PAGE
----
Bryan Caplan  

Idolatry in a Free Society

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I've spent several days reflecting on my chairman's reaction to public grief over Michael Jackson's death:
I, for one, am no more touched by Mr. Jackson's death than I am by the death of any of the thousands of other Americans who died last week, all of whom - like Mr. Jackson - are strangers to me and to the vast majority of people now so self-indulgently and flamboyantly grieving for a man they never met.

Americans' proclivity to mass hysteria causes me to want government to have as little power as possible.  I neither can nor wish to stop other persons from doing with their lives as they wish.  But I also damn sure despise the fact that, through their votes, so many persons prone to such childish sentiments and displays have a say in how I lead my life.
I agree with Don Boudreaux's basic point: If people get hysterical about a man they never met, it seems dangerous to put real power in their hands.  At the same time, though, it's worth pointing out that this particular manifestation of "mass hysteria" is not only understandable, but benign. 

Understandable: Michael Jackson's music really did touch the lives of millions of people.  Sure, they didn't personally know him, but who doesn't feel a connection to one impressive stranger or another?  I never met Julian Simon, but I feel his loss.  The story of the architect of Hitler's failed assassination brings tears to my eyes.  I'd be ever-so-happy for Emily Whitehurst if she became a superstar.  What's so bad about these feelings-at-a-distance?

Benign: If people have the kinds of emotional needs that Don criticizes, what is the best - or least bad - way to express them?  They could express them in politics, with the usual awful results.  They could express them in religion, with results that are at best mixed.  Or they could express them by idolizing singers, movie stars, novelists, bloggers, etc.  It's hard to see the downside.

I'd actually go further: Fandom would play an important role in a free society.  What role?  Harmlessly dissipating the emotions that, wrongly directly, lead to dangerous hysterias.  In fact, as Tyler Cowen explains in his unjustly neglected What Price Fame?, idolatry serves as a non-cash payment to the creative geniuses who give us far more than we pay them.  Samuel Johnson once wisely observed that, "There are few ways in which a man can be more innocently employed than in getting money."  I'd like to add that "There are few ways in which a man can be more innocently hysterical than in grieving over a celebrity."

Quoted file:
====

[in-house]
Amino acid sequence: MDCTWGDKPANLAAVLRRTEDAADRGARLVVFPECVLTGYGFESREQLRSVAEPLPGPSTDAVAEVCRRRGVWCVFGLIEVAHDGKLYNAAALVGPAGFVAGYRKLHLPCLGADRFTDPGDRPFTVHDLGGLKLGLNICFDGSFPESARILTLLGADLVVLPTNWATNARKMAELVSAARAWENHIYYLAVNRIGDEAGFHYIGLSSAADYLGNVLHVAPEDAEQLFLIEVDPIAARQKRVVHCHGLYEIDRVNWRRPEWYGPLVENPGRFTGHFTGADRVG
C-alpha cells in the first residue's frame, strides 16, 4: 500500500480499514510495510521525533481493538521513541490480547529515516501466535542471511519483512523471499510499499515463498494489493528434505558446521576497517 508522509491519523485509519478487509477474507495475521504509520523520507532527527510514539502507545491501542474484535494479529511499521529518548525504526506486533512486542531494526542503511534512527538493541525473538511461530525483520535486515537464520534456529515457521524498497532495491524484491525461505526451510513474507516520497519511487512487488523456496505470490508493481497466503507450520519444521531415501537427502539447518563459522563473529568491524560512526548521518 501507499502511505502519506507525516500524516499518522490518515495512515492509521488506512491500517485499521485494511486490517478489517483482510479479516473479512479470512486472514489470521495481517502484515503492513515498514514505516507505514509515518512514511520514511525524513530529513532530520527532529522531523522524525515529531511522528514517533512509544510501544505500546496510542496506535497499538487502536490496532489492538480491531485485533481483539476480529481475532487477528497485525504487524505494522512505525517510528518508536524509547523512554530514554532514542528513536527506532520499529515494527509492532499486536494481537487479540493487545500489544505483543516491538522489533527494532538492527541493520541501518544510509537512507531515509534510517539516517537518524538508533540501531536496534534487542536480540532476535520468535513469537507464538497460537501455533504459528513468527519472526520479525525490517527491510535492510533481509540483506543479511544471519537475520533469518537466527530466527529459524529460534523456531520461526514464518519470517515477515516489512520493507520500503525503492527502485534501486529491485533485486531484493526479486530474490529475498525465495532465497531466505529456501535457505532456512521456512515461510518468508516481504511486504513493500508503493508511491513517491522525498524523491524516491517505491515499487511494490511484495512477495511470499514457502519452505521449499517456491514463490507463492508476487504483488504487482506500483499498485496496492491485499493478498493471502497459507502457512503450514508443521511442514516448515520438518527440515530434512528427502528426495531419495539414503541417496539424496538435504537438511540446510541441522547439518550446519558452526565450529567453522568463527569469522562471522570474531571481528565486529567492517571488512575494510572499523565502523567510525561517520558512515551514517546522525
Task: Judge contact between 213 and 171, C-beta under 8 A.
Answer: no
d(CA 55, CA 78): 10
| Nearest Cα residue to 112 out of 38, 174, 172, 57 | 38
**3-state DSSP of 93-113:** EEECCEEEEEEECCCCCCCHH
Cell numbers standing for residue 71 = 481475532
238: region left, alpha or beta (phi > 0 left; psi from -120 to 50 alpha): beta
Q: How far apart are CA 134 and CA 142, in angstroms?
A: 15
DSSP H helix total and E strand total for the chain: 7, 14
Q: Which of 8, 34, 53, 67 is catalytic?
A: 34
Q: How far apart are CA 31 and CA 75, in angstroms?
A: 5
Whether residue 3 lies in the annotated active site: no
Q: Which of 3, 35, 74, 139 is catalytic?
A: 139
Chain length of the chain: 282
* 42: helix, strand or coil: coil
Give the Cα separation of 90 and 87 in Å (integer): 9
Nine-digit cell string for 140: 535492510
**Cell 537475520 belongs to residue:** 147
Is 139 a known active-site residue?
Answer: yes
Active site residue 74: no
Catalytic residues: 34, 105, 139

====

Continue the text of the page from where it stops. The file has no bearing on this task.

Comments and Sharing

COMMENTS (11 to date)
Brent Buckner writes:

c.f. "market for partisanship"

Standard arguments regarding venting versus growing the habit apply.

Sam Wilson writes:

I'm not entirely convinced that hysteria has a downward-sloping demand curve. I agree with what both you and Don have written on the subject (though I confess I prefer his eulogy to the great Billy Mays to his condemnation of wailing Jackson fans), I don't think I necessarily agree that fandom harmless dissipates sentiments that could be otherwise channeled for odious purposes. Indeed, hysteria appears to be a tempestuous phemonenon: it requires a positive feedback loop and can be steered in dangerous directions by unscrupulous agents.

I'm reminded of the backlash against paparazzi following Lady Diana's death. Or the Brady Bill.

Then again, I'm also not convinced that there really was all that much hysteria surrounding Jackson's death. The one thing media outlets do well is cherrypick. Even the supposed suicides strike me as extremely suspect: my suspicion is that these folks were on the cusp already and just took the opportunity to do what they've already been contemplating.

One more thing... did you mean to write "wrongly directly" in the third sentence of your last paragraph or "wrongly directed"?

Les writes:

I feel grateful for the music of Mozart, Brahms and Beethoven, although I never knew or venerated them.

I am grateful for the innovations of Thomas Edison, Louis Pasteur and many others who gave us valuable technologies, although I never knew or venerated these people.

I am grateful for the works of Adam Smith, Winston Churchill and Margaret Thatcher, and many other geniuses upon whose shoulders we stand, including the U.S. Constitution given to us by our founding fathers, although I never knew or venerated them.

To my mind it is the great achievements and valuable legacies that are to be gratefully appreciated, but it is difficult for me to venerate people I never met - or pop stars who are likely to be forgotten in less than a decade.

Phil writes:

What scares me -- and is this the point Bryan was trying to make? -- is that a populace that can make Michael Jackson an idol is a populace that can make Barack Obama an idol. Obama was revered even before the election, even by those who couldn't name a single policy he supported.

A personality cult allows an elected leader to do a lot more damage. For that reason alone, I'd be willing to bet that Obama will have done a lot more bad things in his term than George W. Bush did in his.